Near neighbours such as Albania and Hungary are expected to do less well, but they sit above the US and UK in S&P's ratings of the most attractive global markets.
The Eastern European market is finally developing robustness.
Asia: on the way back
S&P admits that, along with other economists, it has been surprised by the strength of the recovery in South East Asia. Global liquidity, easier fiscal and monetary policies, plus export demand from the US have all helped the Asian Tigers to get back on their feet.
Singapore, Malaysia, Taiwan and the Philippines have found confidence from a booming, export-driven IT sector, while pent up consumer demand is driving the development of retail and leisure facilities and the stockmarkets are doing well.
Leading the way is South Korea, which adds the advantage of an advanced legal system to the typically strong South East Asian entrepreneurial culture.
All this activity is expected to bring a return of the glory days for South East Asian construction around 2002.
The future appears bright, but S&P warns against three risks to the region's astonishing growth: a US stockmarket crash; a relapse in the Japanese economy; and a faltering in China's emergence as an economic superpower. And high levels of corporate debt and excess capacity suggest there is no room for complacency.
The US: the giant slips
North America has benefited hugely over the past few years from the economic woes of the rest of the world, with the dollar becoming the safest port in the storm.
Greater worldwide economic stability could see a lower dollar, accelerating inflation, higher interest rates and a correction in the stockmarket.
The strength of the US economy, particularly in high-tech industries, should guard against a deep recession. However, S&P thinks it likely that the world's current biggest construction market will begin to run out of steam in late 2001 or early 2002.
The sun may have set on Japan's worst post-war recession, but S&P remains sceptical about the sustainability of the recovery. Consumer confidence remains undermined by the trauma of unprecedented corporate restructuring, and efforts by the Japanese government to shore up the economy have produced a ballooning public sector debt.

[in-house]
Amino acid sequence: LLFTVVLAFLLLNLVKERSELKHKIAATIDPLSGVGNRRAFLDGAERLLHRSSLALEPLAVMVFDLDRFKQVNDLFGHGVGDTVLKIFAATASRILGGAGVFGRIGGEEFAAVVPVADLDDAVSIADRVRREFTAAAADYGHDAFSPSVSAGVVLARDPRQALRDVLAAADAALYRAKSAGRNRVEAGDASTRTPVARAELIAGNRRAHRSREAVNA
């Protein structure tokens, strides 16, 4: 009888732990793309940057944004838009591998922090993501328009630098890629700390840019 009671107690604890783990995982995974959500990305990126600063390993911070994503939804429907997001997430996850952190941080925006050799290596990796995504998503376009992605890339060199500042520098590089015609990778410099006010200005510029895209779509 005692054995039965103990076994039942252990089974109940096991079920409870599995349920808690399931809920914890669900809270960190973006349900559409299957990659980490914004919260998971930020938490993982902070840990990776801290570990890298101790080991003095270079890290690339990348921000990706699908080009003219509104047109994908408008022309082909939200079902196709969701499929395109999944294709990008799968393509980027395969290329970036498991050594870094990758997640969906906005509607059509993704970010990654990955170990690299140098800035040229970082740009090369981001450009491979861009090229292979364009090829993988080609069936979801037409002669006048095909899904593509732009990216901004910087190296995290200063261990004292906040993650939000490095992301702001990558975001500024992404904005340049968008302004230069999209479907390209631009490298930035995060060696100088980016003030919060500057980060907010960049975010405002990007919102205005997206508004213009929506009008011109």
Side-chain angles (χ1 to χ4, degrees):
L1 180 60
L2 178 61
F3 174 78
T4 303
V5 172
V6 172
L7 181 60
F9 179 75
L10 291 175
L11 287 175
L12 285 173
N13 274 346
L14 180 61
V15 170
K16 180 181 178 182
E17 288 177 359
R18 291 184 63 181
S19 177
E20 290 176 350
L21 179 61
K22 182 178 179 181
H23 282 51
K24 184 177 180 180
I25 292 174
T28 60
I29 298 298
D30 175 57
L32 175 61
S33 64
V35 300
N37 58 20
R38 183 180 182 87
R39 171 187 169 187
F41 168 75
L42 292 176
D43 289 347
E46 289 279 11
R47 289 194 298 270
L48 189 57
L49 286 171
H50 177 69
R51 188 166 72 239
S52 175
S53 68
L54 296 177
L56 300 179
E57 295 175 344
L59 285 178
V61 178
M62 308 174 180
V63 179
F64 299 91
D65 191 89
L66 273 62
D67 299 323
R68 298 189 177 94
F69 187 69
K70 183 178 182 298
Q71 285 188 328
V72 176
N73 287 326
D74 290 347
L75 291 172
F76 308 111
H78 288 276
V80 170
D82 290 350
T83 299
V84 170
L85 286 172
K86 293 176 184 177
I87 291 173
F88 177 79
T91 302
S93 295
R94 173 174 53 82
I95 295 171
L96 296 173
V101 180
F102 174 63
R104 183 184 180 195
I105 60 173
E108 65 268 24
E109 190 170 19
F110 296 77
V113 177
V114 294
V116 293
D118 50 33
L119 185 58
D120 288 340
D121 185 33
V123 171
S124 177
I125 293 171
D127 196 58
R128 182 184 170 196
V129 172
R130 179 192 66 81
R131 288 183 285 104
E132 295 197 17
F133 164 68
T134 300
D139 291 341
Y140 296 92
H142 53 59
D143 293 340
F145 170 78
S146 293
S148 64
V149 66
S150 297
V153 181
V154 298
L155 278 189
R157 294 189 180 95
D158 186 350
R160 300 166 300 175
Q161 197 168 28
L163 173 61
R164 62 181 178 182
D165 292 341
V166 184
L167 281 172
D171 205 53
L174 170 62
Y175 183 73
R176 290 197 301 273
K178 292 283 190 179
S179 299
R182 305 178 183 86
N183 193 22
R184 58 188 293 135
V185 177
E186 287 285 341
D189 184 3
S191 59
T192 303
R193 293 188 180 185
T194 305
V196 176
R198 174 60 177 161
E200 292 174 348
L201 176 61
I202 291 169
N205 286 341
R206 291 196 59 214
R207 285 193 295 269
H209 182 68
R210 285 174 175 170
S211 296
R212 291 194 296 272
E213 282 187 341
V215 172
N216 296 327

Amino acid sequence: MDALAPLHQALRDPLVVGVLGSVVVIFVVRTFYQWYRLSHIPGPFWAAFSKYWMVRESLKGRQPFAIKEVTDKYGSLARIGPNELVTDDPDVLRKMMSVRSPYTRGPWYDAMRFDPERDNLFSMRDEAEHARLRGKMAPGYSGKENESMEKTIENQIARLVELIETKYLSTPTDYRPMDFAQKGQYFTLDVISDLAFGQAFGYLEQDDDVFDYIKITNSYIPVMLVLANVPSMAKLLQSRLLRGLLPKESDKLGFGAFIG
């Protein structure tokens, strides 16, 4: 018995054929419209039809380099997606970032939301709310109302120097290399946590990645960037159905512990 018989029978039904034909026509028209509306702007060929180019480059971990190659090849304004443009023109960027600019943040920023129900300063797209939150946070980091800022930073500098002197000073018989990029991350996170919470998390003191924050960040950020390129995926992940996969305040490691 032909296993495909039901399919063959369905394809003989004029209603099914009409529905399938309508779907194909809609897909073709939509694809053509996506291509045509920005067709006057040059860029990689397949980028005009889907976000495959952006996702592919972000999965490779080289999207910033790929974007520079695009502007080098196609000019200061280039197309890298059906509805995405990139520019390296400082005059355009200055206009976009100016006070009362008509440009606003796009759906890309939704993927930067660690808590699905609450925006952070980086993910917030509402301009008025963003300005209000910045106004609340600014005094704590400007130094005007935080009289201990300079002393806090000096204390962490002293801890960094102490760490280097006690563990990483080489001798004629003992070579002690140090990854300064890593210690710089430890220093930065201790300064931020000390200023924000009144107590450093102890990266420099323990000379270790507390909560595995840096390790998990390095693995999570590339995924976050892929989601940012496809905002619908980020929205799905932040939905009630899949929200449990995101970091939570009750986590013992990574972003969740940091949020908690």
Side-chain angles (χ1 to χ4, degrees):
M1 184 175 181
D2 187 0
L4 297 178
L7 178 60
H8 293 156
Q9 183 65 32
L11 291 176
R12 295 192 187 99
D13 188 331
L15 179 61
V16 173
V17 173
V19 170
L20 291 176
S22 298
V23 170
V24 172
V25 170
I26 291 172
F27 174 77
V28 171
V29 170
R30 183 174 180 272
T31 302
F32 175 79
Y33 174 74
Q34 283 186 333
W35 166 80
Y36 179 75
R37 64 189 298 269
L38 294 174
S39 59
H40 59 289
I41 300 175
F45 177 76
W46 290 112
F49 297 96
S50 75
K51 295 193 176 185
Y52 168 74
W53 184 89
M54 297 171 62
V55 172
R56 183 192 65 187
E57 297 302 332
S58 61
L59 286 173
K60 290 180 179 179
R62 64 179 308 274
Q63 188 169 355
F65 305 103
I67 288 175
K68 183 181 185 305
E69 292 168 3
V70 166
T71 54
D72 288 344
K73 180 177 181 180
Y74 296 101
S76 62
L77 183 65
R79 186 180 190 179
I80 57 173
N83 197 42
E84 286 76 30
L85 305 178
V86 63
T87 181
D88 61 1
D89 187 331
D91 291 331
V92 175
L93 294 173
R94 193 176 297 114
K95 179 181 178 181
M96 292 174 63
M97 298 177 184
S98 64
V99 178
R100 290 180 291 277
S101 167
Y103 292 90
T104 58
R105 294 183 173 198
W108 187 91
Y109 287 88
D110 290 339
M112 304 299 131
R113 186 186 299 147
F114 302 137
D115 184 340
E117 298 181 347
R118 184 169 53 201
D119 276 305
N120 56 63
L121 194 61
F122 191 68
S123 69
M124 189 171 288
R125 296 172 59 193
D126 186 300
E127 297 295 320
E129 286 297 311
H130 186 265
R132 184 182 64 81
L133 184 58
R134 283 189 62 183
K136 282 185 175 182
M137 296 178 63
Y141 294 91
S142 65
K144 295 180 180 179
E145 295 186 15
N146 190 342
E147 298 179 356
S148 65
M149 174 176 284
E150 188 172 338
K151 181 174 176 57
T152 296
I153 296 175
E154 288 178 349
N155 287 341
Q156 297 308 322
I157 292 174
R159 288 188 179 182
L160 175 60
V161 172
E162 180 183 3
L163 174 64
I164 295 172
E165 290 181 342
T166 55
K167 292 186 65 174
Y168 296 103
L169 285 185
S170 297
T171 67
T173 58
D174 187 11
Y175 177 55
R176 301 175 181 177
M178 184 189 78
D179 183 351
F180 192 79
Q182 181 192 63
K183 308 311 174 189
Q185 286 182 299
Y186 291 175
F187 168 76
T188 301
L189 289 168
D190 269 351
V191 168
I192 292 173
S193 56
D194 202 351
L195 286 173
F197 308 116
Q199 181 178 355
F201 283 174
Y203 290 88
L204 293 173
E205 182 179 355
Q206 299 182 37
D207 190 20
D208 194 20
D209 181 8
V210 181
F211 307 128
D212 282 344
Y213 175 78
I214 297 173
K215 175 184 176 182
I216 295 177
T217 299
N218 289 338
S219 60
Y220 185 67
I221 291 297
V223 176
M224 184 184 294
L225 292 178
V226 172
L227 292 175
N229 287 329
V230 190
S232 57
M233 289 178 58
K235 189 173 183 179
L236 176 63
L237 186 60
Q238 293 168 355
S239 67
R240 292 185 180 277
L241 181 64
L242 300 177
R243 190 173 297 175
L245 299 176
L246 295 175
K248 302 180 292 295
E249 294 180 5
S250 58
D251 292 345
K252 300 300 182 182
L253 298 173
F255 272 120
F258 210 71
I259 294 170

The stockmarket is doing well and export demand from South East Asia is high, but S&P thinks the Japanese economic miracle has hit the buffers.
Latin America: recovery delayed
The one Latin American state able to look to the future with real confidence is Mexico. The country's economy is enmeshed with that of the US and as long as consumer demand remains high north of the border, Mexico will continue to flourish.
Further south things are much more uncertain. To a large extent the region's fortunes are governed by the plight of its largest economy, Brazil. Although the country is recovering from its financial crisis earlier this year, there is little appetite for further 'tough fiscal measures' .
Much of what happens in Argentina, the region's second largest economy, appears to rest on the outcome of the presidential election.
The least active areas promise to be Ecuador, Colombia and Venezuela. Low growth and an uncertain political and economic environment are expected to produce a construction deadzone.
Despite its cautious view S&P claims that 'barring a nasty turn of events in the US, the stage is set for a fairly robust recovery in the region next year.'
Read this if
you want to understand which countries possess the greatest potential as overseas markets during the next decade.
you want to know more about the impact of macro economic trends on construction investment.
For information about S&P's 'Building New Markets' contact Claire Dancaster, tel: 44 20 8545 6286, fax: 44 20 8545 6247, e-mail: clair_dancaster@ standardsandpoors.com or at Standard & Poor's DRI, Wimble-don Bridge House, 1 Hatfield Road, London SW19 3RV